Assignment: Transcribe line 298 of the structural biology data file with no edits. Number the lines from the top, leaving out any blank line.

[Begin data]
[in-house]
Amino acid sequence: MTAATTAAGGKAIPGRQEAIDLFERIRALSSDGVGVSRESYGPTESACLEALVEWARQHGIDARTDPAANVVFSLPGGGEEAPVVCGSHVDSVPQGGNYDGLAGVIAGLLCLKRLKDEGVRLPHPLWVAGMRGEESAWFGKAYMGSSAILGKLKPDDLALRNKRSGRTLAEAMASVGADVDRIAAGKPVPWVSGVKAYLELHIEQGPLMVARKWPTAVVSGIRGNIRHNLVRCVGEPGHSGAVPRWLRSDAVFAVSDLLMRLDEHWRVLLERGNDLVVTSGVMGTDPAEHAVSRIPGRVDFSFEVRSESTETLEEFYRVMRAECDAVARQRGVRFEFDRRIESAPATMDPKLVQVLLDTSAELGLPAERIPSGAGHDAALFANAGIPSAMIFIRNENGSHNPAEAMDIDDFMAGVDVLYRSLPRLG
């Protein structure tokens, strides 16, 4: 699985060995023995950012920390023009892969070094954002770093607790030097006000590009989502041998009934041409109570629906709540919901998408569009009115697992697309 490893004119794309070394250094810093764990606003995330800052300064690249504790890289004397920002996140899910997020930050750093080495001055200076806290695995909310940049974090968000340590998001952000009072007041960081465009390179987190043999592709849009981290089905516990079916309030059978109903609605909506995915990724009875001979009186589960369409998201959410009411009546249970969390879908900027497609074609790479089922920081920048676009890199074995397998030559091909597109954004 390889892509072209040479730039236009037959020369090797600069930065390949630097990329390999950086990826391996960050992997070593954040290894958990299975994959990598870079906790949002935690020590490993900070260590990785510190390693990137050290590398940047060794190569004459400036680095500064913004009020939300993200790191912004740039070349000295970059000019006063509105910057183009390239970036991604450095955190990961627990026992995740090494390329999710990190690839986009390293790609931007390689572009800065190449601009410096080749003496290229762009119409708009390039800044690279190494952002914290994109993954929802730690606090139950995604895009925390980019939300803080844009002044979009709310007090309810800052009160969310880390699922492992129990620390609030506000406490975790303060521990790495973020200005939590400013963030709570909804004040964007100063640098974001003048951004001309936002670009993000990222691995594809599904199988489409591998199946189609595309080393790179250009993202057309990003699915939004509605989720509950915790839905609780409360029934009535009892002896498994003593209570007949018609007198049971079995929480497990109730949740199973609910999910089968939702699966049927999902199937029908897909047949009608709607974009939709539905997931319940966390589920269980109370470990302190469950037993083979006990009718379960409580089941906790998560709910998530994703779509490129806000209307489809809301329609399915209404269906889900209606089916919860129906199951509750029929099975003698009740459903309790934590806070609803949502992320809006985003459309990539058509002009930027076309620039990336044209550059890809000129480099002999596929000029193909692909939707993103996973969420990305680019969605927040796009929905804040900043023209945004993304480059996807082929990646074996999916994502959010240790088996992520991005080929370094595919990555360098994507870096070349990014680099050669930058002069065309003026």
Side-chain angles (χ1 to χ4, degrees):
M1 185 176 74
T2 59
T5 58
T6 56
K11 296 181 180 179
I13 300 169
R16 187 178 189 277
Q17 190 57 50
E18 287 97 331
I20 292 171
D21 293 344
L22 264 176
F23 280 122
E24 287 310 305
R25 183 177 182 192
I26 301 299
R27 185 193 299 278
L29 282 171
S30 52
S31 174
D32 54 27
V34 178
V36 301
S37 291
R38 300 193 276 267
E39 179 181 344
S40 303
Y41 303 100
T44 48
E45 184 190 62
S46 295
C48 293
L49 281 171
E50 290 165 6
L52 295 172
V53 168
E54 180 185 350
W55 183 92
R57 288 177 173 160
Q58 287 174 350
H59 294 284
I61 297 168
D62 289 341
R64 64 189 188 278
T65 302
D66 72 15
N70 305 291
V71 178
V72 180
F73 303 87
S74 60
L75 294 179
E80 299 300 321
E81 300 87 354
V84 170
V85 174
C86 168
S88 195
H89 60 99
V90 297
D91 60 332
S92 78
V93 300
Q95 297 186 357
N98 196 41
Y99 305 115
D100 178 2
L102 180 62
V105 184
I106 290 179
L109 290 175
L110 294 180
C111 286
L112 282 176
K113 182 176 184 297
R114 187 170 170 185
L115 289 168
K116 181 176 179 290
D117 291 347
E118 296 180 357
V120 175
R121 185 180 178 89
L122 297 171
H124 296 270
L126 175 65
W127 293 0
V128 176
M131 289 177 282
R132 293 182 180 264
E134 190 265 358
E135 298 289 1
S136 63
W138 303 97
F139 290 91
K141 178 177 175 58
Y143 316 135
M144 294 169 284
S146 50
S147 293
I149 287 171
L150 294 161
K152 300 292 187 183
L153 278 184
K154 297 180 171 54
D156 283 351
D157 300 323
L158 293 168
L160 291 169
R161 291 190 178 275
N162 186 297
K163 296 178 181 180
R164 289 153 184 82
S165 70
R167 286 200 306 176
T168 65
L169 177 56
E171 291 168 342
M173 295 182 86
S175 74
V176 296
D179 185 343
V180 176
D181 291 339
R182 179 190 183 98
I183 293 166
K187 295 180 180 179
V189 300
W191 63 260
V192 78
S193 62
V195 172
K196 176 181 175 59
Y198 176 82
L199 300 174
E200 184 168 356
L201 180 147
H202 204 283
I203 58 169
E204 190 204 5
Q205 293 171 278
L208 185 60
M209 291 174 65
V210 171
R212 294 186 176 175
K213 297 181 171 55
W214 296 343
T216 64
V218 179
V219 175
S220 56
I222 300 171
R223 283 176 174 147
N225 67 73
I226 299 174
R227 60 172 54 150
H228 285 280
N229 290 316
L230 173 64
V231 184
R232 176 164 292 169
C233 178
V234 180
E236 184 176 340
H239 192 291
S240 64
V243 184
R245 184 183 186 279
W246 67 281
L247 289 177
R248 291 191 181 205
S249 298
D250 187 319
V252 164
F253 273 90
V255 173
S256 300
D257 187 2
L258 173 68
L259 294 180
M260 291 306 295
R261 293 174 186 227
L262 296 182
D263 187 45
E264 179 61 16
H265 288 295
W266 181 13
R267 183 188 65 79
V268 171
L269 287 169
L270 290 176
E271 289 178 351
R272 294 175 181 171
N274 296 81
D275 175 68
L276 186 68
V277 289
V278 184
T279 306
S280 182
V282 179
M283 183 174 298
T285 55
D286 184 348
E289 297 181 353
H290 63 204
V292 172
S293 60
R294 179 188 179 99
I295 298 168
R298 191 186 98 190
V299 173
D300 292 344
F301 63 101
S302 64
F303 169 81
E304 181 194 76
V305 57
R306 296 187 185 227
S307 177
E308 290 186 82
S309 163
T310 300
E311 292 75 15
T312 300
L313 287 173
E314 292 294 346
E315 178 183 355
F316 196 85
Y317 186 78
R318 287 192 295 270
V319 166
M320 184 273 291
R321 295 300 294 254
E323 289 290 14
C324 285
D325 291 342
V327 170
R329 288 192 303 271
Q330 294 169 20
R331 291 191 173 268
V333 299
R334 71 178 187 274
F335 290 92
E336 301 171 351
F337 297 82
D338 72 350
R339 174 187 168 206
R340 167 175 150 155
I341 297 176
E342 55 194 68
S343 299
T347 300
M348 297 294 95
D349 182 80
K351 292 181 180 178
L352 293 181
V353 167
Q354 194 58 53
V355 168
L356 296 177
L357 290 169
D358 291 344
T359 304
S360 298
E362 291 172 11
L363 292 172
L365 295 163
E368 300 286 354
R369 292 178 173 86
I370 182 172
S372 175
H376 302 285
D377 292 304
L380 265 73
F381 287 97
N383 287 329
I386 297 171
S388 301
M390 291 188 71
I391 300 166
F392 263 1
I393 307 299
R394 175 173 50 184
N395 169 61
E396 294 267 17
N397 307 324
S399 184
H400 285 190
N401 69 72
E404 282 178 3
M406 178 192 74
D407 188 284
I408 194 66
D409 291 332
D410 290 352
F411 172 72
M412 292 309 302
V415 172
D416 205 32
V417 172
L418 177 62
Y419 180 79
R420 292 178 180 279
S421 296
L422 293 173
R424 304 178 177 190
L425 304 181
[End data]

D409 291 332